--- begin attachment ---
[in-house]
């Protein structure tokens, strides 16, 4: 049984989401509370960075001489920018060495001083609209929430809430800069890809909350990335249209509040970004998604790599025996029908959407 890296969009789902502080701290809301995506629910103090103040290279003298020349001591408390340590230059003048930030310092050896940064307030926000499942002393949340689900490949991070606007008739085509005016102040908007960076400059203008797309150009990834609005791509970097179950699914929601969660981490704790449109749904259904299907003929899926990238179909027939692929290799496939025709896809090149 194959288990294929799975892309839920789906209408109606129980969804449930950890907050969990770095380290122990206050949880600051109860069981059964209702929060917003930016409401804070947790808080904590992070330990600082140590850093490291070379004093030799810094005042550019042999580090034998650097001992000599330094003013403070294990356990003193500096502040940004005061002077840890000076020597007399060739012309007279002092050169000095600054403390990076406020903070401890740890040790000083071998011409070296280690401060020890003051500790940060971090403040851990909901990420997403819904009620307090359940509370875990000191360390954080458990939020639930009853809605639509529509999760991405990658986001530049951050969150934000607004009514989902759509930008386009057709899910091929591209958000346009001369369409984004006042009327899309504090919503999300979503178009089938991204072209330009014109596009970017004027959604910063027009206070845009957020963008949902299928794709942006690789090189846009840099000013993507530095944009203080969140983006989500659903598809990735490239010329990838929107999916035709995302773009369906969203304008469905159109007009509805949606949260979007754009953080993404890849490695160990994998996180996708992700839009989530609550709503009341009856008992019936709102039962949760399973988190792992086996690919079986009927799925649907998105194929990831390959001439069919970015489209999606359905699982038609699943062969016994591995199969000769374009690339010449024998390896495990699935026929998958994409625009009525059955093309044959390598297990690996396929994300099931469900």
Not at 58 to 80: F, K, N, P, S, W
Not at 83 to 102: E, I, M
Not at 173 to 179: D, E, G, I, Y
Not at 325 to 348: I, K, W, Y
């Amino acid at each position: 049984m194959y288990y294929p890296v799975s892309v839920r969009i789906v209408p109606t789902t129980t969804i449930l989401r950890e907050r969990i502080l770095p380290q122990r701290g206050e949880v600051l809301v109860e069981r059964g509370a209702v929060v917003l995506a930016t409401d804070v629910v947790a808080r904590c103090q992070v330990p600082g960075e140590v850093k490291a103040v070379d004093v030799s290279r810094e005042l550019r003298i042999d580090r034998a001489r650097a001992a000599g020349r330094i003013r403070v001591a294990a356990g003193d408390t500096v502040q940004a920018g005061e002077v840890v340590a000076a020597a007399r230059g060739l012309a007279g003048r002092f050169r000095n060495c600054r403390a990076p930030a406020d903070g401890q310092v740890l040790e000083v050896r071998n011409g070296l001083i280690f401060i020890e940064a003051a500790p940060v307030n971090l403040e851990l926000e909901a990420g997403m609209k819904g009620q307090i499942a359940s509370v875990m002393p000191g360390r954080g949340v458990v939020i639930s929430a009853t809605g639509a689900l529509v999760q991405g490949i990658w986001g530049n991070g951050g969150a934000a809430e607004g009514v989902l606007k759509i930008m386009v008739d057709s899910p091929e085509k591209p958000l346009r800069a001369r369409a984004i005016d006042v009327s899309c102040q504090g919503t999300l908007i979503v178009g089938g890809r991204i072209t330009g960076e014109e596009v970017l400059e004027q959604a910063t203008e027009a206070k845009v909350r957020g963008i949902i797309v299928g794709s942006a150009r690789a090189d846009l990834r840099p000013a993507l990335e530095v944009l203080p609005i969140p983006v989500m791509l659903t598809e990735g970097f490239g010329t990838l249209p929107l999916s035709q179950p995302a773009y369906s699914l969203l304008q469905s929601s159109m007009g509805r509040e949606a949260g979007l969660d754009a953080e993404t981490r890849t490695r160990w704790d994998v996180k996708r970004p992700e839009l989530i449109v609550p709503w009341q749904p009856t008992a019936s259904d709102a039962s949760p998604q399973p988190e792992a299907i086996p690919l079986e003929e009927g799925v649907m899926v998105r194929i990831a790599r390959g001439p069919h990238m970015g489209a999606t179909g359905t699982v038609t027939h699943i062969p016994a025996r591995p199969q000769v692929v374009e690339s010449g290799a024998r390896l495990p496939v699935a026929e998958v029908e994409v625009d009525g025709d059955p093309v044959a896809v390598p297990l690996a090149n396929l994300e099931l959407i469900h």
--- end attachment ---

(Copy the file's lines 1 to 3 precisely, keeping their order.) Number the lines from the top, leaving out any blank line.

[in-house]
């Protein structure tokens, strides 16, 4: 049984989401509370960075001489920018060495001083609209929430809430800069890809909350990335249209509040970004998604790599025996029908959407 890296969009789902502080701290809301995506629910103090103040290279003298020349001591408390340590230059003048930030310092050896940064307030926000499942002393949340689900490949991070606007008739085509005016102040908007960076400059203008797309150009990834609005791509970097179950699914929601969660981490704790449109749904259904299907003929899926990238179909027939692929290799496939025709896809090149 194959288990294929799975892309839920789906209408109606129980969804449930950890907050969990770095380290122990206050949880600051109860069981059964209702929060917003930016409401804070947790808080904590992070330990600082140590850093490291070379004093030799810094005042550019042999580090034998650097001992000599330094003013403070294990356990003193500096502040940004005061002077840890000076020597007399060739012309007279002092050169000095600054403390990076406020903070401890740890040790000083071998011409070296280690401060020890003051500790940060971090403040851990909901990420997403819904009620307090359940509370875990000191360390954080458990939020639930009853809605639509529509999760991405990658986001530049951050969150934000607004009514989902759509930008386009057709899910091929591209958000346009001369369409984004006042009327899309504090919503999300979503178009089938991204072209330009014109596009970017004027959604910063027009206070845009957020963008949902299928794709942006690789090189846009840099000013993507530095944009203080969140983006989500659903598809990735490239010329990838929107999916035709995302773009369906969203304008469905159109007009509805949606949260979007754009953080993404890849490695160990994998996180996708992700839009989530609550709503009341009856008992019936709102039962949760399973988190792992086996690919079986009927799925649907998105194929990831390959001439069919970015489209999606359905699982038609699943062969016994591995199969000769374009690339010449024998390896495990699935026929998958994409625009009525059955093309044959390598297990690996396929994300099931469900």
Not at 58 to 80: F, K, N, P, S, W